Seamus Heaney - Súgán - Poetry Analysis

Súgán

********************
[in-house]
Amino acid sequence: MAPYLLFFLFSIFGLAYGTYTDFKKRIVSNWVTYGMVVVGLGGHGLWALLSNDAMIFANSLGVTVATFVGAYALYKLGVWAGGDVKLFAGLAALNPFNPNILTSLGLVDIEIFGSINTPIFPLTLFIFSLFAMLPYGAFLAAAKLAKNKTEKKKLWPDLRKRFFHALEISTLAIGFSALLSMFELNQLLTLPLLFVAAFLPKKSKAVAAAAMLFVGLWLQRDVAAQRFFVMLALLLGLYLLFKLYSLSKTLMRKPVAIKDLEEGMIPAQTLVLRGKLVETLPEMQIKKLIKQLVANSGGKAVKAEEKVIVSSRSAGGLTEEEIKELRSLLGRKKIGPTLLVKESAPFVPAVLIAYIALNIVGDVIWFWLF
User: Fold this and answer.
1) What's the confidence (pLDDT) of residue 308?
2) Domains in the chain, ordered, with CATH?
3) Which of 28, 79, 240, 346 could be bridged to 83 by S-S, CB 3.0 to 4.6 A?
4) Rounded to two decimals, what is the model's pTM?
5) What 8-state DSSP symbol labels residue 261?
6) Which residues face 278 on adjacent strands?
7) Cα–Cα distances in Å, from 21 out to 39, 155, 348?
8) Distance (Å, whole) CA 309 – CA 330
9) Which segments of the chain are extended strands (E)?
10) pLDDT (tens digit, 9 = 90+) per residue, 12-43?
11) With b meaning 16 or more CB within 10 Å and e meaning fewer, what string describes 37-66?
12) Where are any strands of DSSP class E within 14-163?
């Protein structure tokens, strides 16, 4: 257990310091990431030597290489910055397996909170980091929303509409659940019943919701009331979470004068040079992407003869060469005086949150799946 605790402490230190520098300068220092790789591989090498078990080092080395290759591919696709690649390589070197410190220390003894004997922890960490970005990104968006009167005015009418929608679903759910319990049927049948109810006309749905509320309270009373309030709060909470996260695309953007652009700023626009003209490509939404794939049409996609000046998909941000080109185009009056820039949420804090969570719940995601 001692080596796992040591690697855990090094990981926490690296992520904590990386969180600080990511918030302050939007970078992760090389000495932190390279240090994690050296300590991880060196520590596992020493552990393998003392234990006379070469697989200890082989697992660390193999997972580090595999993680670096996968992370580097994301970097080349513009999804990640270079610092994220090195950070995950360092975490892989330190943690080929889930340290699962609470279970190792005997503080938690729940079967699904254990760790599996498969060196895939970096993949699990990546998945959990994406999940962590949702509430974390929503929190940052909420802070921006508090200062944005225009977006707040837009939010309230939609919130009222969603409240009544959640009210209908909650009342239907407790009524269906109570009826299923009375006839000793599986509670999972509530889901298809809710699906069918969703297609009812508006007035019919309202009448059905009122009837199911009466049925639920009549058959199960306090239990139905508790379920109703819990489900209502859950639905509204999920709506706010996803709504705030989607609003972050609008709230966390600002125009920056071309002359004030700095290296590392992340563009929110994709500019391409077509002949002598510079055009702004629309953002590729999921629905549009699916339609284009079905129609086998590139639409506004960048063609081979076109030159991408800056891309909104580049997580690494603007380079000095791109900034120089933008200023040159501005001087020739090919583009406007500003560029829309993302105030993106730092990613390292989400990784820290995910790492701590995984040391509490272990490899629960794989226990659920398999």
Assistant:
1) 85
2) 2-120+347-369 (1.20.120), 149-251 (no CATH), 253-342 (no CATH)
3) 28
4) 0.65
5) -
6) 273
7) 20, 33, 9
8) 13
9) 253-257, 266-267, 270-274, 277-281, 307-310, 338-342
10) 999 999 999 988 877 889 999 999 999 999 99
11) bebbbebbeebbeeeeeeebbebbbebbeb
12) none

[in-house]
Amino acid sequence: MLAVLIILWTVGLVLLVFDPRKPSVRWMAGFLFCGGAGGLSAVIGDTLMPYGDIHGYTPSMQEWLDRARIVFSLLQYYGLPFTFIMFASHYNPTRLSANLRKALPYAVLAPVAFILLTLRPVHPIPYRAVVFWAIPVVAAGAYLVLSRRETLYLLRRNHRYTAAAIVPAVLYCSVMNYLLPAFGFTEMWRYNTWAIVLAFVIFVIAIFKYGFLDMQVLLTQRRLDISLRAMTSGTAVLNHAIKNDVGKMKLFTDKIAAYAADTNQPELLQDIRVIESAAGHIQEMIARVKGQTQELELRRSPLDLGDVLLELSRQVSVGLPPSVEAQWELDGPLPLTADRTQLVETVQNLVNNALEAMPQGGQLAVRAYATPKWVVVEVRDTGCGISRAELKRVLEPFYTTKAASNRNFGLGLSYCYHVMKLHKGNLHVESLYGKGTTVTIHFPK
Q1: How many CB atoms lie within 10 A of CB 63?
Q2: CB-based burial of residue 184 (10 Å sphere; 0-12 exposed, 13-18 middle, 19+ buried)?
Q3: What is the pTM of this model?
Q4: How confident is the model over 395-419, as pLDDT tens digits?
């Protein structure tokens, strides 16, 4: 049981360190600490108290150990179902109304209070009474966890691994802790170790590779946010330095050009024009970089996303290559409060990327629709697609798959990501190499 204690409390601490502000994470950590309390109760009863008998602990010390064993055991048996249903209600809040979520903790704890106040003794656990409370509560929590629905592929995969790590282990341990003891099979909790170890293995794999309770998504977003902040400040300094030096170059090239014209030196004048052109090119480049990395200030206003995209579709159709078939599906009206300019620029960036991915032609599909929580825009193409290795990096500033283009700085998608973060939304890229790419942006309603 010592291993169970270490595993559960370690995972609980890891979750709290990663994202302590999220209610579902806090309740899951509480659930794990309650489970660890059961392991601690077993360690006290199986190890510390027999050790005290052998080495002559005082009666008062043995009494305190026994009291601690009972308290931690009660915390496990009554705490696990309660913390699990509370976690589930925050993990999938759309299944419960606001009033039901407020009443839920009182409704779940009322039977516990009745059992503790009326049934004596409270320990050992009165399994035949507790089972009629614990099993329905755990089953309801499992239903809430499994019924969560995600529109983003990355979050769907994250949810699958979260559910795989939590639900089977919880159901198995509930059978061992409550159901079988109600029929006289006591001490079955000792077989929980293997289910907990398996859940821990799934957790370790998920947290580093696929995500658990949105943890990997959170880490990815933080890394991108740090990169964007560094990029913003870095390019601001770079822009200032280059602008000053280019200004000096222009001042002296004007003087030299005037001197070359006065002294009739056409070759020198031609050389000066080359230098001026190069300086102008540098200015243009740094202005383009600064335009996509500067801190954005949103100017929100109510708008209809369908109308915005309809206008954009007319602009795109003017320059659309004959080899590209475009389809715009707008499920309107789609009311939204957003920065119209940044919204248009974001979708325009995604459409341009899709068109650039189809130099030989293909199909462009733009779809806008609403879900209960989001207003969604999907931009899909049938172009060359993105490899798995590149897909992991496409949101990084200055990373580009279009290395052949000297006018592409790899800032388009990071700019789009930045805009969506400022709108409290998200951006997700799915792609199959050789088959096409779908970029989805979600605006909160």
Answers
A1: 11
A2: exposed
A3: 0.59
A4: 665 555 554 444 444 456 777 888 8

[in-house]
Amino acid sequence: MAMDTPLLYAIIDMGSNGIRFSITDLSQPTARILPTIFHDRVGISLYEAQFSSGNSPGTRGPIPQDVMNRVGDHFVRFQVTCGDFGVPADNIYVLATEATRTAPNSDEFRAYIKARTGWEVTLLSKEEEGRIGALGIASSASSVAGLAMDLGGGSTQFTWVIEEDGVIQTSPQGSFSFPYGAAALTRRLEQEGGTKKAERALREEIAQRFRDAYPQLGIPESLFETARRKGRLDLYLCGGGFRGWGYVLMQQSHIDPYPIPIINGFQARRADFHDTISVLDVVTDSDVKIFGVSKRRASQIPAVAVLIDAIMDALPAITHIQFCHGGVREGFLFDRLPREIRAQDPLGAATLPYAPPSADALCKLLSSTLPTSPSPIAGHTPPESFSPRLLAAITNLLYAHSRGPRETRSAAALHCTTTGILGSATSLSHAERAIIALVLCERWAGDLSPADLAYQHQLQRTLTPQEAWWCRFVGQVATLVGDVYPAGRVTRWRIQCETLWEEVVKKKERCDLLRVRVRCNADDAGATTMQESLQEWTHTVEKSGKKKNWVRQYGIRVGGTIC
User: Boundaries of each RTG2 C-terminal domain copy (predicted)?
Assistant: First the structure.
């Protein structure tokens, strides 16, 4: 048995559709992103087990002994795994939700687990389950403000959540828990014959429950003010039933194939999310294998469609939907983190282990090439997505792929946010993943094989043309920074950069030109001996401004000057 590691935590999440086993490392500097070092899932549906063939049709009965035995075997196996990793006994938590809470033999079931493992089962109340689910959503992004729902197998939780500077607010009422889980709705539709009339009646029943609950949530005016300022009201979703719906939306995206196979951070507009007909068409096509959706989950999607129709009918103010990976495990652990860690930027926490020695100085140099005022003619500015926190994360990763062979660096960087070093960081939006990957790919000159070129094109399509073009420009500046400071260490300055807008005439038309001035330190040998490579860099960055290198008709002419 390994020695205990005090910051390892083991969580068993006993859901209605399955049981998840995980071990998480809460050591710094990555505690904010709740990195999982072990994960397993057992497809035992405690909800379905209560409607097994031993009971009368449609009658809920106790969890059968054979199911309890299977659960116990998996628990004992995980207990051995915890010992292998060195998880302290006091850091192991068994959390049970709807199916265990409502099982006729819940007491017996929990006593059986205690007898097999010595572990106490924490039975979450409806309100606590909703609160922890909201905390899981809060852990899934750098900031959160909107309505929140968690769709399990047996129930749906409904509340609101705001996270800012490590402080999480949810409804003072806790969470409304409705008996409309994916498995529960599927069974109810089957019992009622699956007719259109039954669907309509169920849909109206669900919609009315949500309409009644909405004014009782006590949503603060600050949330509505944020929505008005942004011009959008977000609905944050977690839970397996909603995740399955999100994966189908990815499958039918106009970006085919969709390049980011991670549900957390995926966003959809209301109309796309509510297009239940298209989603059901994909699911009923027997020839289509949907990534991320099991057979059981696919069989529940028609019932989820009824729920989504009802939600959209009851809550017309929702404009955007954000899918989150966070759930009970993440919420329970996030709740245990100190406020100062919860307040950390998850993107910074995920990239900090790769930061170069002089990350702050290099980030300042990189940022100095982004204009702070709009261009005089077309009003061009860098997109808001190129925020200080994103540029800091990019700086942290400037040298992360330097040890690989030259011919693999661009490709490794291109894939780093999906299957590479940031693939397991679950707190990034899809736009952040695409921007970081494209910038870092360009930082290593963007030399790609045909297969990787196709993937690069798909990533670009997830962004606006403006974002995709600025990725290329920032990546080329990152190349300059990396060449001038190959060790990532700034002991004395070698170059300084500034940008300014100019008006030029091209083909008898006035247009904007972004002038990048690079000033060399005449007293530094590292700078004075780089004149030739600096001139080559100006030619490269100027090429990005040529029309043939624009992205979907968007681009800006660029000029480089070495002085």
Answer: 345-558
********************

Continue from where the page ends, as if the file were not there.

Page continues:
Súgán   In Irish Gaelic súgán refers to a kind of straw rope with a variety of uses, for example chair seats; this piece follows the traditional weaving method. The poet himself is managing the system. The raw material is portrayed in a series of sibilants: The fluster of that soft supply. Dexterity was required to coax ( ) it/ from the ruck and feed it into the weaving machine. By using alliterative groupings Heaney succeeds in conveying both the mechanics, sounds and outcome of the process: taken in by furl and swivel,/ Turned and tightened, rickety-rick, to rope. At the production end of the process Heaney has a much more physical role, ensuring the length and strength of ‘súgán’, Walking backwards, winding for all I was worth/ By snag and by sag the long and the short of it/ To make ends mesh: a two-handed task, with winder in […read more….]